The complaining on both sides is getting annoying.
i would find this more credible if it was about Tom Crean
On Oct. 1, 1927, Michigan played Ohio Wesleyan in the first game at Michigan Stadium. The game was a success as Michigan started the scoring on a 28-yard pass from Louis Gilbert to tight end Kip Taylor and prevailed easily, 33-0. The new stadium was dedicated three weeks later against Ohio State on Oct. 22, 1927.in 2010, I imagine the dedication will be against MSU. A UConn level opponent is not out of character for an opening game.
The complaining on both sides is getting annoying.
But I pity you for bothering with these people. All that work, and all you get back is "UCONN IS A NO-WIN SITUATION THIS IS OF PARAMOUNT IMPORTANCE TO THE FUTURE OF MICHIGAN FOOTBALL IF WE DONT SCHEDULE AUBURN WE ARE GOING TO DIE"
Christ, I've never seen so many people get worked up about something that doesn't hurt the team we root for AT ALL. If anything, it helps us, giving us a second-BCS school to play in addition to ND, with the added benefit of the team being pretty darn good and a regular bowl-invitee.
Throw this all on top of the fact that we're coming off seasons in which we lost to the "worst" teams on the schedule, and the audacity some people have around here is astounding.
That's exactly why I've kept myself off the site today.
You are on the site to make that comment but you've, at the same time, kept yourself off the site? Are you some sort of magic man? WITCH!!!!
This post agrees with some of my previously posted opinions, but takes them a step further, and the research is excellent while remaining readable for those who didn't major in stats. Also, I really like the point about the odd-year schedules being so good.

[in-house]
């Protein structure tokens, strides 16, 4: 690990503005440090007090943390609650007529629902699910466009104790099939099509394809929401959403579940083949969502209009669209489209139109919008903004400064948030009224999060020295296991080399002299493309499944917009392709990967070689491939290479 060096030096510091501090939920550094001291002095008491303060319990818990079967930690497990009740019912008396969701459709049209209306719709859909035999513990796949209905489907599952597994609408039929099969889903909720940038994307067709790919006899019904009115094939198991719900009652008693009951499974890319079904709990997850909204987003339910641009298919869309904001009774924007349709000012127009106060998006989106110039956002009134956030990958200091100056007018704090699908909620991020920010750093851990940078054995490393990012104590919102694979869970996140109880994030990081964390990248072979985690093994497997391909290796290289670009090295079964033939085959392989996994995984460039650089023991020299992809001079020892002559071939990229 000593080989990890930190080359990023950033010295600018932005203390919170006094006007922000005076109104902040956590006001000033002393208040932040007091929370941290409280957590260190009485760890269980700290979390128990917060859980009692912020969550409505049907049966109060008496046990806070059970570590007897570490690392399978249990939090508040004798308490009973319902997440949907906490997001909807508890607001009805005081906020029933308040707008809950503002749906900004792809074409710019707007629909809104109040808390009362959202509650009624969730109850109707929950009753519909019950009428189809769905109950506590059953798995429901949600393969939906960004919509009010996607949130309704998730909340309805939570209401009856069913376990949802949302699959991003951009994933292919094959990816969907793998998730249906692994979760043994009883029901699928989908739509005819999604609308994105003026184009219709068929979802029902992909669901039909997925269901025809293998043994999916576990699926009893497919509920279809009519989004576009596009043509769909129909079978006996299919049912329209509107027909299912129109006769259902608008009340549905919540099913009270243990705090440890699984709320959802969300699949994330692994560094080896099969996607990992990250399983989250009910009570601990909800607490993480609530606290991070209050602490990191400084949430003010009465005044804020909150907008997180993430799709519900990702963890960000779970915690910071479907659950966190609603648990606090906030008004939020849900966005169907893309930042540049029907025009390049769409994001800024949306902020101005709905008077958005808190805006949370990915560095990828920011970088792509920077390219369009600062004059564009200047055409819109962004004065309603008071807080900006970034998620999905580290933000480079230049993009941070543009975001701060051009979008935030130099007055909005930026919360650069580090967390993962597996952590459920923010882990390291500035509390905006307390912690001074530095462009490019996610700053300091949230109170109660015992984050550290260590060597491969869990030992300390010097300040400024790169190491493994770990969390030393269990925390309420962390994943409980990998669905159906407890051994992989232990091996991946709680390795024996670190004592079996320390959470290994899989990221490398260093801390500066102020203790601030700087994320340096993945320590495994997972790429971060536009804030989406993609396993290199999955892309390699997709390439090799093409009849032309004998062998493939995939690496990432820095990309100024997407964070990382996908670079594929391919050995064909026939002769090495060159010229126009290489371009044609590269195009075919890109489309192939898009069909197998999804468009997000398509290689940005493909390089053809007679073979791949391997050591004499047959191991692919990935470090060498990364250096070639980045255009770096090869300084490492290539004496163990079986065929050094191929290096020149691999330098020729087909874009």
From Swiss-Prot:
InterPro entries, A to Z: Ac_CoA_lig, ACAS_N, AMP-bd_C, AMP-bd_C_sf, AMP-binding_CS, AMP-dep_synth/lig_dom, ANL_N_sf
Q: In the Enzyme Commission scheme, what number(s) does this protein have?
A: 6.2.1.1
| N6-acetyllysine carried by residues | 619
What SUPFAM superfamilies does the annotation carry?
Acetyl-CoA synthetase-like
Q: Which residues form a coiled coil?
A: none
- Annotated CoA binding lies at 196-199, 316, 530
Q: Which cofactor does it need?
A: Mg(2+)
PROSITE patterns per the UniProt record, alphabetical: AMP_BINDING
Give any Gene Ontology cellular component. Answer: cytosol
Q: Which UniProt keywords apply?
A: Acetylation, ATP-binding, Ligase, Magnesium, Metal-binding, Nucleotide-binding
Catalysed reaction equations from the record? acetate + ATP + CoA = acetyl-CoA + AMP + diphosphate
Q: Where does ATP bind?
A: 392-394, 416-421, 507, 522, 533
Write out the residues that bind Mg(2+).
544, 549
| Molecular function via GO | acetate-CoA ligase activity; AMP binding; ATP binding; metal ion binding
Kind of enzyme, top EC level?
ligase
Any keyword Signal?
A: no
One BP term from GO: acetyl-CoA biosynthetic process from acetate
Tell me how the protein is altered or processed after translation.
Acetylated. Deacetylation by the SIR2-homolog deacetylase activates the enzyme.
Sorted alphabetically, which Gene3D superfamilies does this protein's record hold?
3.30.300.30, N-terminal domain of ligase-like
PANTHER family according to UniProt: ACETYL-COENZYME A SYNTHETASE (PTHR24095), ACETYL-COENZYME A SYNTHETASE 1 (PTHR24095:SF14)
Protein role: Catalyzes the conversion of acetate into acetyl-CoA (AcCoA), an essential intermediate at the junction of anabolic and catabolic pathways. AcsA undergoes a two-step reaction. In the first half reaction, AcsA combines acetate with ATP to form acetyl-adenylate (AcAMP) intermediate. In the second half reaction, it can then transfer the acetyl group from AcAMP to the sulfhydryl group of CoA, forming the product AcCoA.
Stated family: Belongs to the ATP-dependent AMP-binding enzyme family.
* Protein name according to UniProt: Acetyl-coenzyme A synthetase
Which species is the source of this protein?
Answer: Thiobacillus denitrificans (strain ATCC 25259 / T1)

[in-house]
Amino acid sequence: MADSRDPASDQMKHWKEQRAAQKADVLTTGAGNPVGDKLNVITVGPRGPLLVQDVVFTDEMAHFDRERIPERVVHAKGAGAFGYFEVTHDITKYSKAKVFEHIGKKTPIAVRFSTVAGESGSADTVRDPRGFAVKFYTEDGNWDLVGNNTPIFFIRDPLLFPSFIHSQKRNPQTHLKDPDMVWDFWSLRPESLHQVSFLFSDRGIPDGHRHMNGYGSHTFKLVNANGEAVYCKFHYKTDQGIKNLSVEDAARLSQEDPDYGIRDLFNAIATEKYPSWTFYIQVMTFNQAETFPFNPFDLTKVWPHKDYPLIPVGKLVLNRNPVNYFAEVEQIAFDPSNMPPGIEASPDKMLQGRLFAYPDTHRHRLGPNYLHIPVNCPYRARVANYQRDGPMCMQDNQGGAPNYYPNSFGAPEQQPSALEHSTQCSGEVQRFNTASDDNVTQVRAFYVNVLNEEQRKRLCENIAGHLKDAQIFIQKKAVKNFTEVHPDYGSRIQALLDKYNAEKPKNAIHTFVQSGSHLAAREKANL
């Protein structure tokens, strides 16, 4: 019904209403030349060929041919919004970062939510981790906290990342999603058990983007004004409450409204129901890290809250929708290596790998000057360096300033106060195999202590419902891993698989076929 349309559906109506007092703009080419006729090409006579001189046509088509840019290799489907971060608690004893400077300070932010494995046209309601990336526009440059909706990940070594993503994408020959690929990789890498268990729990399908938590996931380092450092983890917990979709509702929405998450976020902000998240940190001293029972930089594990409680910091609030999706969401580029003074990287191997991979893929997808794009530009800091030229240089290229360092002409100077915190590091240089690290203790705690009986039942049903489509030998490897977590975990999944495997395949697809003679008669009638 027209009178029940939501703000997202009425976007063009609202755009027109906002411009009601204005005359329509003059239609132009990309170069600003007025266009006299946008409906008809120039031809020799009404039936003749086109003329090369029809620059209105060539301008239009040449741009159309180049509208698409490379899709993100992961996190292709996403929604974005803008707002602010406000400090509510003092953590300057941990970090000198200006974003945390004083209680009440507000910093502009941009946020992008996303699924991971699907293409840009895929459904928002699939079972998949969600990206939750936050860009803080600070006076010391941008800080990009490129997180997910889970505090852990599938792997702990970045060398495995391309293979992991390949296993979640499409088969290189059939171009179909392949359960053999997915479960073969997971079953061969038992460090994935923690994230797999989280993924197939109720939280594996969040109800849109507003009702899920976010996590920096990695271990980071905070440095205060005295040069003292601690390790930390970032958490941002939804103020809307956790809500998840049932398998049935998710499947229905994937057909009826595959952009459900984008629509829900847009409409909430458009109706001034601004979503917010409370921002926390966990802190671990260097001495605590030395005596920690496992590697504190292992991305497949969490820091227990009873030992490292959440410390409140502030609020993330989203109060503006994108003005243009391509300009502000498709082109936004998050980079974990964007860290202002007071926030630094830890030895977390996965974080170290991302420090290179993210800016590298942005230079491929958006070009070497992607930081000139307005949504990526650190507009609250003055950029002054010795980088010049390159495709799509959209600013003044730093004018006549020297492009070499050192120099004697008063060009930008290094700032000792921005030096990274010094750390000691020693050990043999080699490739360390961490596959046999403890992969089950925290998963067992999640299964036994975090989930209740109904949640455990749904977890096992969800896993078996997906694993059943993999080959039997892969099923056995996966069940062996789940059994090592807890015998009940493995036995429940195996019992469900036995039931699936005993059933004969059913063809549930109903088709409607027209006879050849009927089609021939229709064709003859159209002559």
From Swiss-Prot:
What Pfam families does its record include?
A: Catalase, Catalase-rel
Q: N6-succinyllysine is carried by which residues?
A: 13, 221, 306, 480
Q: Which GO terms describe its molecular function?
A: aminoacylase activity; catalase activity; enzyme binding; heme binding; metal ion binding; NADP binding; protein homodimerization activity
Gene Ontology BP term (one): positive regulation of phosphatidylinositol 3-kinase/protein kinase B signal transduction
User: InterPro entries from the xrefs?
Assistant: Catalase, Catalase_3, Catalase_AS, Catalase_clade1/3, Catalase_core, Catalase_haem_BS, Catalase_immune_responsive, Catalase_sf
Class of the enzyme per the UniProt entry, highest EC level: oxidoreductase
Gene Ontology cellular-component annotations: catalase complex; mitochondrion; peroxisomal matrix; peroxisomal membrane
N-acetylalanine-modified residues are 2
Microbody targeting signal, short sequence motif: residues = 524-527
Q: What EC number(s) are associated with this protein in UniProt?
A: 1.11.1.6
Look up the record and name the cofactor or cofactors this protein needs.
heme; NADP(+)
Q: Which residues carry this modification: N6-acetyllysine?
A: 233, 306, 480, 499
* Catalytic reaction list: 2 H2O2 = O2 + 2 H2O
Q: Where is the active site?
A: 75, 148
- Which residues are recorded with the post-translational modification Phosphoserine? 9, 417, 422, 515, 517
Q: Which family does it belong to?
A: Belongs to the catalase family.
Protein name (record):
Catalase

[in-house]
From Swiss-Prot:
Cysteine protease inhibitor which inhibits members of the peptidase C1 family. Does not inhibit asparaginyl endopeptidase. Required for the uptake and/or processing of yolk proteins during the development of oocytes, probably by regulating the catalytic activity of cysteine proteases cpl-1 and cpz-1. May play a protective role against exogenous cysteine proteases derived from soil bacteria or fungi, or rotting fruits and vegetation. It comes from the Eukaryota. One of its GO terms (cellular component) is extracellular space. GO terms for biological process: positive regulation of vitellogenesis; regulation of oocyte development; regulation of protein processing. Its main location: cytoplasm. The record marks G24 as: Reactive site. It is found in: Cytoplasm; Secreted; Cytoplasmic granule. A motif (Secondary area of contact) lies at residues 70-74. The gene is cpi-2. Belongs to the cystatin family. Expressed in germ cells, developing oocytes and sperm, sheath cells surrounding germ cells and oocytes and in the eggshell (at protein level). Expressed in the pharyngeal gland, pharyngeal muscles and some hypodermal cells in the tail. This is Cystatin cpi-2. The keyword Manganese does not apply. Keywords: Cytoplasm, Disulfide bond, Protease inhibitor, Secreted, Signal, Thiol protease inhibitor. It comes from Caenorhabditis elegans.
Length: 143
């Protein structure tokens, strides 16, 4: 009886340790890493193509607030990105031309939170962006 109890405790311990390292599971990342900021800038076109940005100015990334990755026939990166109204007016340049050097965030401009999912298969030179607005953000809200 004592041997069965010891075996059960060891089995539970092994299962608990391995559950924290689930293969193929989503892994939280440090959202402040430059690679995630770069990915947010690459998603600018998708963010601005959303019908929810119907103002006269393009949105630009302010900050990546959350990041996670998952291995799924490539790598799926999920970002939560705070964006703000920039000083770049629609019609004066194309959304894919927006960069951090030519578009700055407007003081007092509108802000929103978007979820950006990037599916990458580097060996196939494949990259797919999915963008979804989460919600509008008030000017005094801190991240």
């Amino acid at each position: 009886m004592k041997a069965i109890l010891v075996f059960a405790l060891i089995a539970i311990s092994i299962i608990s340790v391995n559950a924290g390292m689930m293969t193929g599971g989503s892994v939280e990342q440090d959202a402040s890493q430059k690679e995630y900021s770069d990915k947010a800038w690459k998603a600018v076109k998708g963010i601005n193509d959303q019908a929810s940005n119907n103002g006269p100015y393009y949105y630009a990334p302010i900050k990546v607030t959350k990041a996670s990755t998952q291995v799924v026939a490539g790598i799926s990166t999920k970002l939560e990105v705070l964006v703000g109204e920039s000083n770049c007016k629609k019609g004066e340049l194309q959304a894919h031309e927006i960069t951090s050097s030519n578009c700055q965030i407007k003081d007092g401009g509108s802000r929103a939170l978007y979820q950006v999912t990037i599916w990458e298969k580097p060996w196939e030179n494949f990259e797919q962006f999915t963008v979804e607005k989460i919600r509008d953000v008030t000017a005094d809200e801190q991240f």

OSU schedules like this: one marquee OOC game and three cupcakes. ND has been getting away with an easy schedule for years, too. And OSU has been rewarded with three NC games while ND has been consistently overrated by the bowl nabobs whenever they manage to win nine or ten games.
Also, even though ND has slipped throughout the years, it is still a rivalry game and is therefore worthy of being the "tough" game of the OOC portion of the schedule.
Scheduling UConn to a home-and-home is questionable because it doesn't seem to help recruiting in the least like FSU, USF, or Texas A&M would have (unless upstate NY has suddenly become a hotbed), but I'll be more than happy with the win.
+1 for nabob.
Between where we play our OOC road games and the recruits in that region. I highly, highly, highly doubt anybody who means anything in the Michigan AD cares about the recruiting appeal of a game - if there was ever such a thing in the first place.
It's 2009. These things called the internet and ESPN 8 The Ocho and cellular phones don't allow schools like Michigan to go unnoticed to any recruit for even a second.
FWIW, I live in Florida and I was able to watch every game sans Purdue/Toledo(Big Ten Network).
"b/c of the BCS MNC format, teams who schedule 2-3-4 BCS opponents in the OOC are jeopardizing their chances at playing in the BCS MNC game."